The jaws 306 and support members 308 laterally support one another throughout a 360° closed circle such that corresponding torque from the rotor 300 only transmits to the tubular 110 in a tangential direction without resulting in any tilting of the jaws 306. During make up and break out operations, a side face of one jaw 306 having a close contact with a side face of an adjacent support member 308 transmits force to the adjacent support member 308 which is in close contact with another jaw 306. The closed 360° arrangement effectively locks the jaws 306 and support members 308 in place and helps the jaws 306 and support members 308 to laterally support one another, thereby inhibiting tilting of the jaws 306. Thus, load on the tubular 110 equally distributes at contact points on either side of the jaw pads 314. Adapters (not shown) for both the support members 308 and jaws 306 may be added in order to allow the power tong 101 the ability to grip tubulars having different diameters.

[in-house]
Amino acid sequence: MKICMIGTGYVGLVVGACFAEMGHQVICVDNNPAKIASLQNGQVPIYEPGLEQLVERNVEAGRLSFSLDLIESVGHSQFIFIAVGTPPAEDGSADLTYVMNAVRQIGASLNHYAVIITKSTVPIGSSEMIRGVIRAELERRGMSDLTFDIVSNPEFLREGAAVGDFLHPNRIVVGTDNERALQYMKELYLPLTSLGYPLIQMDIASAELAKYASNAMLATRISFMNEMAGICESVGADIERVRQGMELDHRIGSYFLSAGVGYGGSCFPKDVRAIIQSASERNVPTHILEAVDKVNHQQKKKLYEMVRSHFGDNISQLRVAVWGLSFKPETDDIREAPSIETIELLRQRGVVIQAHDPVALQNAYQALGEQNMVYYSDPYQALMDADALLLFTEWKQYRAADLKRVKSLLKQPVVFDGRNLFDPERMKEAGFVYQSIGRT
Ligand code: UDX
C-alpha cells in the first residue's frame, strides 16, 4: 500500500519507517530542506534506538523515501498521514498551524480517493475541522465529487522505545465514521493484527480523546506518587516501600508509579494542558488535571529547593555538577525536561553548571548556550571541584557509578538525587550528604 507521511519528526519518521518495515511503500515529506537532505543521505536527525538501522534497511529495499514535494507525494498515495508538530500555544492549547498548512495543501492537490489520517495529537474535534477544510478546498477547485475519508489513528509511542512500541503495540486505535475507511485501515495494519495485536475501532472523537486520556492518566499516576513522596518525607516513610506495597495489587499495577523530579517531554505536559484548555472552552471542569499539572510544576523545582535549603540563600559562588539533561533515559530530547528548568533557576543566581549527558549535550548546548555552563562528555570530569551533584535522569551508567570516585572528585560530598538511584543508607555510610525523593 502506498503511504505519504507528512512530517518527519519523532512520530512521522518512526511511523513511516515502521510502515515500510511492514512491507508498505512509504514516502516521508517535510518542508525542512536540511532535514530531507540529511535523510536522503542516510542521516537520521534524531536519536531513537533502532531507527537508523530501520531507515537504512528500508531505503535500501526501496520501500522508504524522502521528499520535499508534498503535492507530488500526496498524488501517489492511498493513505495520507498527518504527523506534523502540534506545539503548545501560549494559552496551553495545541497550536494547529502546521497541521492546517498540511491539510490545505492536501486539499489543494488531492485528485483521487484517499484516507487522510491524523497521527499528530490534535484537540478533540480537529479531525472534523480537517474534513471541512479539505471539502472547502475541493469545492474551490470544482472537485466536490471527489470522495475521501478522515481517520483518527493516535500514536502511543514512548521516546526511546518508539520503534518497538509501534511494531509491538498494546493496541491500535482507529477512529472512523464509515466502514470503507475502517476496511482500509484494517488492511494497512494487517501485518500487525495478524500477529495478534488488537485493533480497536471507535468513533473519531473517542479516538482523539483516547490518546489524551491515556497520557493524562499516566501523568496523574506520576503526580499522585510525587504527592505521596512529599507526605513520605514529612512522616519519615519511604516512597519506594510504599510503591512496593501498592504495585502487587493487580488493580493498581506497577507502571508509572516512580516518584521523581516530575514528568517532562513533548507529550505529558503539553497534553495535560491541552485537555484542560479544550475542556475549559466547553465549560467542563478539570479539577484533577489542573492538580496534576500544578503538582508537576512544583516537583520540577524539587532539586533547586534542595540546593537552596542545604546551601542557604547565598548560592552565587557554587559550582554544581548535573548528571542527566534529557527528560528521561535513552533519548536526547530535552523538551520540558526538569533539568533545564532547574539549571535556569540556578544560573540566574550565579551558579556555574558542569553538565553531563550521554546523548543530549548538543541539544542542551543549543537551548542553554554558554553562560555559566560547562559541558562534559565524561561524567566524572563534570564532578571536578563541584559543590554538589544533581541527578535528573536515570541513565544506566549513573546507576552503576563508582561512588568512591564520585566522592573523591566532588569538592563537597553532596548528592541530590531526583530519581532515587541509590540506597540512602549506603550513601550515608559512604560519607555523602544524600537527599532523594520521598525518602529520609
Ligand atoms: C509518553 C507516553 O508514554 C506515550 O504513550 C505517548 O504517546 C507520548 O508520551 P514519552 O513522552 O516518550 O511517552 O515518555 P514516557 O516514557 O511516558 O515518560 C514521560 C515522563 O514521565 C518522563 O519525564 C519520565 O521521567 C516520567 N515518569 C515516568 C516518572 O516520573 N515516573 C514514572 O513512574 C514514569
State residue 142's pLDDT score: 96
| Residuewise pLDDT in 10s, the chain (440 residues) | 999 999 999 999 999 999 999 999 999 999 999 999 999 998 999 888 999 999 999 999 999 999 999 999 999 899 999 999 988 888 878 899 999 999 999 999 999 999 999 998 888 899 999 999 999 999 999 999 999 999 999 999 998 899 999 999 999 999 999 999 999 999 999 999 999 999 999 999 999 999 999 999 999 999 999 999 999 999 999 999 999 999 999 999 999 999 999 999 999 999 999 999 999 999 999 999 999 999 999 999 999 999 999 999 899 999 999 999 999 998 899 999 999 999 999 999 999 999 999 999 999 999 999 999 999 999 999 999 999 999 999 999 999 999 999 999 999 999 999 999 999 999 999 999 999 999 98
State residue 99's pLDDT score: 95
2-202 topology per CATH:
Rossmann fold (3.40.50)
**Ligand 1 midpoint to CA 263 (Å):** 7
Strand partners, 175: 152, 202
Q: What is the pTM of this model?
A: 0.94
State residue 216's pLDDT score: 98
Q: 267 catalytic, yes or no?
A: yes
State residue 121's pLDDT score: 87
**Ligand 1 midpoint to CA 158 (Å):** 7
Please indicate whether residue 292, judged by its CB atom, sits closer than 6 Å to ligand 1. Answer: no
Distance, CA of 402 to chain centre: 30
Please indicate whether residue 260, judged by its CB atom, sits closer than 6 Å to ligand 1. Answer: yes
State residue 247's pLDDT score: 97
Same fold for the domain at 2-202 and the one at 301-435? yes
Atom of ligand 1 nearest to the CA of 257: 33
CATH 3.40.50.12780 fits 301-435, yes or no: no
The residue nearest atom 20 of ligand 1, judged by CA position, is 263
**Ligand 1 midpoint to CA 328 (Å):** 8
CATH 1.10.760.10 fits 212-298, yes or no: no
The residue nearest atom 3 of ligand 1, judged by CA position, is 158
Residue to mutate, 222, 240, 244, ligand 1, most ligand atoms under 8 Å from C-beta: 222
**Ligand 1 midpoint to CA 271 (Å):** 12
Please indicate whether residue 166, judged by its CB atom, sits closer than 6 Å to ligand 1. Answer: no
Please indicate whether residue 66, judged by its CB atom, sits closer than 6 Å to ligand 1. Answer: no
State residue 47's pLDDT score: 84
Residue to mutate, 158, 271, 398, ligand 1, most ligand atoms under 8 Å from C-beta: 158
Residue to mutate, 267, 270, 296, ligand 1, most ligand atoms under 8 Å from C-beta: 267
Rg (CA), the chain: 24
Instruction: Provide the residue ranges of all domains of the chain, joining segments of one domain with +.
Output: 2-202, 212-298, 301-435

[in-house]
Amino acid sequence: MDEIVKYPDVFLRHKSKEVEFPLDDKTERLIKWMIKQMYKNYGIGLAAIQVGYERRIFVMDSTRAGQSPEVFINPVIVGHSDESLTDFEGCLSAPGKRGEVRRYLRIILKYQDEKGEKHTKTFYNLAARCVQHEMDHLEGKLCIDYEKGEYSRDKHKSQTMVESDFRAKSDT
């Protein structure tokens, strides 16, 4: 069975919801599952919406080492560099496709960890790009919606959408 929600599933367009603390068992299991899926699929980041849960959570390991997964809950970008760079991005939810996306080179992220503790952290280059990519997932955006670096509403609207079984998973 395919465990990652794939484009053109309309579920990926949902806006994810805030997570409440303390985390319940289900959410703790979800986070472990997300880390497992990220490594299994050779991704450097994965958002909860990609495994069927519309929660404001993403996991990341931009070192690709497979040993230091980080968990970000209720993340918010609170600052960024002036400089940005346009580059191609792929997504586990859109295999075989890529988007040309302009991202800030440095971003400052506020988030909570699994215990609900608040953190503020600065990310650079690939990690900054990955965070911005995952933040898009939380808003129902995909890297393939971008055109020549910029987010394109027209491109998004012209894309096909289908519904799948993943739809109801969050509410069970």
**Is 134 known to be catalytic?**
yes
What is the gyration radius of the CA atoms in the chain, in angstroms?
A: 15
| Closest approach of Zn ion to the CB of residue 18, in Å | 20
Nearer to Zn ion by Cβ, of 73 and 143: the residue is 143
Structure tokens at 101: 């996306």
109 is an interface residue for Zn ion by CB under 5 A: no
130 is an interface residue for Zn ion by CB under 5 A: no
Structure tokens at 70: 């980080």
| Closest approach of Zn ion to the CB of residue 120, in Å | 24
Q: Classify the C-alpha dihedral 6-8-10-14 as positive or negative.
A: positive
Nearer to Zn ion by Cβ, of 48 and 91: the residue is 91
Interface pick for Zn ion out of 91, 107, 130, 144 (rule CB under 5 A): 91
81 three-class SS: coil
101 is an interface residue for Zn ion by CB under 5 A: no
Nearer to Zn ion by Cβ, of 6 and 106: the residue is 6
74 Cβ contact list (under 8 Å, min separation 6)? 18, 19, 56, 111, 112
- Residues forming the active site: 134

The jaw assembly (not shown) in the back up tong 102 may be identical to the rotor 300. However, the jaw assembly in the back up tong 102 does not rotate such that an outer ring surrounding jaws in the back up tong may not be geared with motors providing rotation.

The top view of the power tong 101 in FIG. 4 shows a motor 402 used to operate a pump 404 that supplies hydraulic pressure to the rotor hydraulic circuit that actuates the jaws 306. The motor 402 may be actuated by the tong assembly hydraulic circuit. The motor 402 mounts on the housing 207 while the pump mounts on the rotor 300. Therefore, the motor 402 must disengage from the pump 404 after the pump 404 actuates the jaws 306 in order to allow the pump 404 to rotate with the rotor 300 during make up and break out operations.